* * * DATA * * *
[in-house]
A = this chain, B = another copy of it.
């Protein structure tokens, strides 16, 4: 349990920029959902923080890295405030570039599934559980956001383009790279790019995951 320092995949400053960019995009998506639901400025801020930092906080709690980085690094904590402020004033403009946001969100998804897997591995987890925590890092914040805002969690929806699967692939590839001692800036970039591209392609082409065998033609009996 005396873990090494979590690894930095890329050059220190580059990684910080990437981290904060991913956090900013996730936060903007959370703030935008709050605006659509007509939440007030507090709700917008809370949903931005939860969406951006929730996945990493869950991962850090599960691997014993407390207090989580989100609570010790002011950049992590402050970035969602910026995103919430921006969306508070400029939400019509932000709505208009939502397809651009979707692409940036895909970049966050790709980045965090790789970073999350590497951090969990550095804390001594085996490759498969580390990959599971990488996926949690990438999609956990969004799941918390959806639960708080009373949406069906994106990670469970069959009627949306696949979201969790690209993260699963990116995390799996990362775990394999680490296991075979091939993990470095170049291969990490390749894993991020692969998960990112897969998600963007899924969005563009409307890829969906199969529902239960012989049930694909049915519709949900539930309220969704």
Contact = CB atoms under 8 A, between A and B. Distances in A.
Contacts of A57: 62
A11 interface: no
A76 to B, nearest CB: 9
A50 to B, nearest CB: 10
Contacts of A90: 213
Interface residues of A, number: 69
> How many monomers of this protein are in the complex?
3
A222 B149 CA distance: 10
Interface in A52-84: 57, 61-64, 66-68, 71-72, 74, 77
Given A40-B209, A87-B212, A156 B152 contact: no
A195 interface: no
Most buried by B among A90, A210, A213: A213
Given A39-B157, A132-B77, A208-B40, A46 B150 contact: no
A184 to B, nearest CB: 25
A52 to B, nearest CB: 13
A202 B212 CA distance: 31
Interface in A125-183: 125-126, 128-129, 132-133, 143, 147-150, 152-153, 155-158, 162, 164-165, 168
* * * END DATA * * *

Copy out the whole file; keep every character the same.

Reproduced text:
[in-house]
A = this chain, B = another copy of it.
């Protein structure tokens, strides 16, 4: 349990920029959902923080890295405030570039599934559980956001383009790279790019995951 320092995949400053960019995009998506639901400025801020930092906080709690980085690094904590402020004033403009946001969100998804897997591995987890925590890092914040805002969690929806699967692939590839001692800036970039591209392609082409065998033609009996 005396873990090494979590690894930095890329050059220190580059990684910080990437981290904060991913956090900013996730936060903007959370703030935008709050605006659509007509939440007030507090709700917008809370949903931005939860969406951006929730996945990493869950991962850090599960691997014993407390207090989580989100609570010790002011950049992590402050970035969602910026995103919430921006969306508070400029939400019509932000709505208009939502397809651009979707692409940036895909970049966050790709980045965090790789970073999350590497951090969990550095804390001594085996490759498969580390990959599971990488996926949690990438999609956990969004799941918390959806639960708080009373949406069906994106990670469970069959009627949306696949979201969790690209993260699963990116995390799996990362775990394999680490296991075979091939993990470095170049291969990490390749894993991020692969998960990112897969998600963007899924969005563009409307890829969906199969529902239960012989049930694909049915519709949900539930309220969704």
Contact = CB atoms under 8 A, between A and B. Distances in A.
Contacts of A57: 62
A11 interface: no
A76 to B, nearest CB: 9
A50 to B, nearest CB: 10
Contacts of A90: 213
Interface residues of A, number: 69
> How many monomers of this protein are in the complex?
3
A222 B149 CA distance: 10
Interface in A52-84: 57, 61-64, 66-68, 71-72, 74, 77
Given A40-B209, A87-B212, A156 B152 contact: no
A195 interface: no
Most buried by B among A90, A210, A213: A213
Given A39-B157, A132-B77, A208-B40, A46 B150 contact: no
A184 to B, nearest CB: 25
A52 to B, nearest CB: 13
A202 B212 CA distance: 31
Interface in A125-183: 125-126, 128-129, 132-133, 143, 147-150, 152-153, 155-158, 162, 164-165, 168